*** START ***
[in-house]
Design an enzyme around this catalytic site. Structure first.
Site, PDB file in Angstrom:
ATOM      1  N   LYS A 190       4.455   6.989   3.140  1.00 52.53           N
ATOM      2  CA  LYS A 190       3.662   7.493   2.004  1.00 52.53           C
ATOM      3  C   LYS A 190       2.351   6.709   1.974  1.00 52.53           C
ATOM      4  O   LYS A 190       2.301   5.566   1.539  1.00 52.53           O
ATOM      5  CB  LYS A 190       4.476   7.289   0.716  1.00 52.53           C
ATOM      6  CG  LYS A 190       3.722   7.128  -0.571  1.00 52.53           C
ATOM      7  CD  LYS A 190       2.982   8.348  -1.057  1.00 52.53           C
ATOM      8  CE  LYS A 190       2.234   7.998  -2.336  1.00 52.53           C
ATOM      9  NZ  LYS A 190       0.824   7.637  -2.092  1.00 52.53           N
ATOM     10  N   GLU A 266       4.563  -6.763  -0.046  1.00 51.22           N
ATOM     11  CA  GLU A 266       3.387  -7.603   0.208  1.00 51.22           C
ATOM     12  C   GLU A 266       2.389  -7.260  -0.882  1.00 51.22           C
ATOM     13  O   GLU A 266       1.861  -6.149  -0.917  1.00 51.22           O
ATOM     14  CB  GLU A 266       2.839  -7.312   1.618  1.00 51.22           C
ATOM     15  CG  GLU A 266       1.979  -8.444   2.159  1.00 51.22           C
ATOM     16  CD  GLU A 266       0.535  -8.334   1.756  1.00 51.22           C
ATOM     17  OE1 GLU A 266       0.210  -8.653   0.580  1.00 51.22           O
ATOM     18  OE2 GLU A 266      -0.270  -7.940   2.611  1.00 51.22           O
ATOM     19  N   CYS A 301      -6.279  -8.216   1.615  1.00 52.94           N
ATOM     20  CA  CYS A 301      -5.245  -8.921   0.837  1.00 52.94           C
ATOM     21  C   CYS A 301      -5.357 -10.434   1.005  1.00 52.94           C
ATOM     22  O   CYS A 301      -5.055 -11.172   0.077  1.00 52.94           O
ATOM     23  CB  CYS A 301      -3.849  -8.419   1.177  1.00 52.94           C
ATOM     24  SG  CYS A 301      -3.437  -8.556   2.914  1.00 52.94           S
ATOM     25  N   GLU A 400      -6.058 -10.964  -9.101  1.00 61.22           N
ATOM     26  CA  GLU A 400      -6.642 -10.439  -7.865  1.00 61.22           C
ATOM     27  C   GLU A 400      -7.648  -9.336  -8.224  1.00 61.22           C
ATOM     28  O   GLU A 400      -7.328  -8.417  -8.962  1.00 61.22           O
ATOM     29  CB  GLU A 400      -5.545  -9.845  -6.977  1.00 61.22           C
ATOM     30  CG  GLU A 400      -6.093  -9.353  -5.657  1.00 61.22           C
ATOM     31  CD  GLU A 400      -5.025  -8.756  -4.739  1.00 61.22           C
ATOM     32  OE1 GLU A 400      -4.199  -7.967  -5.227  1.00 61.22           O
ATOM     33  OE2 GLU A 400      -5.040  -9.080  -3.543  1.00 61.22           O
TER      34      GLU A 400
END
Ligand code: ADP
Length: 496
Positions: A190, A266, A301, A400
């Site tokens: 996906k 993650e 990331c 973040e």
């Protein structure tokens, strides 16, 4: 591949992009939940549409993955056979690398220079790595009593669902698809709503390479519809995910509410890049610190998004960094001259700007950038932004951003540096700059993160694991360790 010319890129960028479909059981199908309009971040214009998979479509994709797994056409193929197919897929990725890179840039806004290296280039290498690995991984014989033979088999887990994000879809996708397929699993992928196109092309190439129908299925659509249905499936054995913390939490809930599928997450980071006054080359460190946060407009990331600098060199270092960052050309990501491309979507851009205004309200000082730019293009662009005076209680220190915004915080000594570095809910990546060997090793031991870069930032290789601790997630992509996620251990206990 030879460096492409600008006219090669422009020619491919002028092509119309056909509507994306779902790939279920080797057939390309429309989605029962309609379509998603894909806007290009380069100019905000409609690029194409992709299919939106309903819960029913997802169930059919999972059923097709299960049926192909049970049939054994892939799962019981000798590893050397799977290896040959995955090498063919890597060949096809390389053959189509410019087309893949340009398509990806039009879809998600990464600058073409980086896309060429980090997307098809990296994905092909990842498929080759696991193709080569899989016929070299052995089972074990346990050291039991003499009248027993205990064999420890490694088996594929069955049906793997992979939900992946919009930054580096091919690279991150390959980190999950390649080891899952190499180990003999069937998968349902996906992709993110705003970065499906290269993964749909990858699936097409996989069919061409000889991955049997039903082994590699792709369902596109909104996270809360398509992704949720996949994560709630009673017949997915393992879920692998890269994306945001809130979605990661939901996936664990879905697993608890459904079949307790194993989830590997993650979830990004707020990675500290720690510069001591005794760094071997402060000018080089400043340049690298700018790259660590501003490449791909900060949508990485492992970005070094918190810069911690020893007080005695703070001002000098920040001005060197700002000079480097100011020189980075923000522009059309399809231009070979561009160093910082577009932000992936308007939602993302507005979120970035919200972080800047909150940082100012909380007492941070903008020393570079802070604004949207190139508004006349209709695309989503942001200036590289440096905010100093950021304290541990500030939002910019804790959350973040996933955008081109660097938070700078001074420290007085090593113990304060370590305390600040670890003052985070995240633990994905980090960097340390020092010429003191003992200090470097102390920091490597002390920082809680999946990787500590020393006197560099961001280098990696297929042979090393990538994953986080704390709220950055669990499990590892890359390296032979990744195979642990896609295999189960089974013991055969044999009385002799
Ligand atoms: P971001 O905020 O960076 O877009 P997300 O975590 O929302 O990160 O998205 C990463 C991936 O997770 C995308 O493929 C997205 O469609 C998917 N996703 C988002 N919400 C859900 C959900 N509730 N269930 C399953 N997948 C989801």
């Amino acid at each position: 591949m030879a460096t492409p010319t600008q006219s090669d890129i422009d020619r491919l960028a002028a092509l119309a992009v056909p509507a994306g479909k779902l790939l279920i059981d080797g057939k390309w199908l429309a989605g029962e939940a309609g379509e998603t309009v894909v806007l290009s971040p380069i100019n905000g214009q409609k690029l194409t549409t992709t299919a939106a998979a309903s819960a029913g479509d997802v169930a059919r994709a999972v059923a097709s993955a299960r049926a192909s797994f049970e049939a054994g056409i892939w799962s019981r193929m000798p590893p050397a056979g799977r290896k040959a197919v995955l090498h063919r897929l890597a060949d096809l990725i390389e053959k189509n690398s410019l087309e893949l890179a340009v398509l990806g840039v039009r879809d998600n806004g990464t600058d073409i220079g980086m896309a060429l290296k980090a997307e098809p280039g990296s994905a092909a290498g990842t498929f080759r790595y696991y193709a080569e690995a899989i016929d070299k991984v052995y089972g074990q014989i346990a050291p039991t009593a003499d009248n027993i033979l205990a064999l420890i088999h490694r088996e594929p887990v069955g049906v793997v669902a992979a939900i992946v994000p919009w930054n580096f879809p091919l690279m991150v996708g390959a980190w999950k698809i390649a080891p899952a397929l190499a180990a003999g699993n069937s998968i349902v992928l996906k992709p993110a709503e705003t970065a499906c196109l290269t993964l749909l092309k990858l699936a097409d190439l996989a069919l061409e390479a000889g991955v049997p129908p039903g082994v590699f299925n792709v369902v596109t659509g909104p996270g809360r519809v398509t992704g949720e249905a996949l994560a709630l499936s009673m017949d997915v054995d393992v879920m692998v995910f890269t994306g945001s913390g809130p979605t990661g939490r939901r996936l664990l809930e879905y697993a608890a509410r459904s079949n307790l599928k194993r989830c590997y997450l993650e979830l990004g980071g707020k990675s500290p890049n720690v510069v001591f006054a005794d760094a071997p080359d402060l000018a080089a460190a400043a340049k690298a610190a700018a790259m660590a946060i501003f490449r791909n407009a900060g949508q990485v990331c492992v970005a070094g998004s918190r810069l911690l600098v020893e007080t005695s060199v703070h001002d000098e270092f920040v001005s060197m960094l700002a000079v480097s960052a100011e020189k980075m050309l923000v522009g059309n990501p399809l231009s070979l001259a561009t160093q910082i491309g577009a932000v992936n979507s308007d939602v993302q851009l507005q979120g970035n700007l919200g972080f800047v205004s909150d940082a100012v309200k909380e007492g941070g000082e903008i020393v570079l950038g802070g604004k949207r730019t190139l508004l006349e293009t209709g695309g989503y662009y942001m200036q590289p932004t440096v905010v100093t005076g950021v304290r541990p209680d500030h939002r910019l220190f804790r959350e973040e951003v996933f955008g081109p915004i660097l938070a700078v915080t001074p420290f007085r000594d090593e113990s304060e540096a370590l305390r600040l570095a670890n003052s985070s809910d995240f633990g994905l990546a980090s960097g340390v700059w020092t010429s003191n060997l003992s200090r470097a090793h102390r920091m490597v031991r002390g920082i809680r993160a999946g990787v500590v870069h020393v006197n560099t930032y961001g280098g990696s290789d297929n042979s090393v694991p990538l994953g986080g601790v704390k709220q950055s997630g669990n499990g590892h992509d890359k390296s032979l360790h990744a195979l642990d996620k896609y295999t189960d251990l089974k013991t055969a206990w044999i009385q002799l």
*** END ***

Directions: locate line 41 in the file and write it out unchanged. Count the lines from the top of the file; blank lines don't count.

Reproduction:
Positions: A190, A266, A301, A400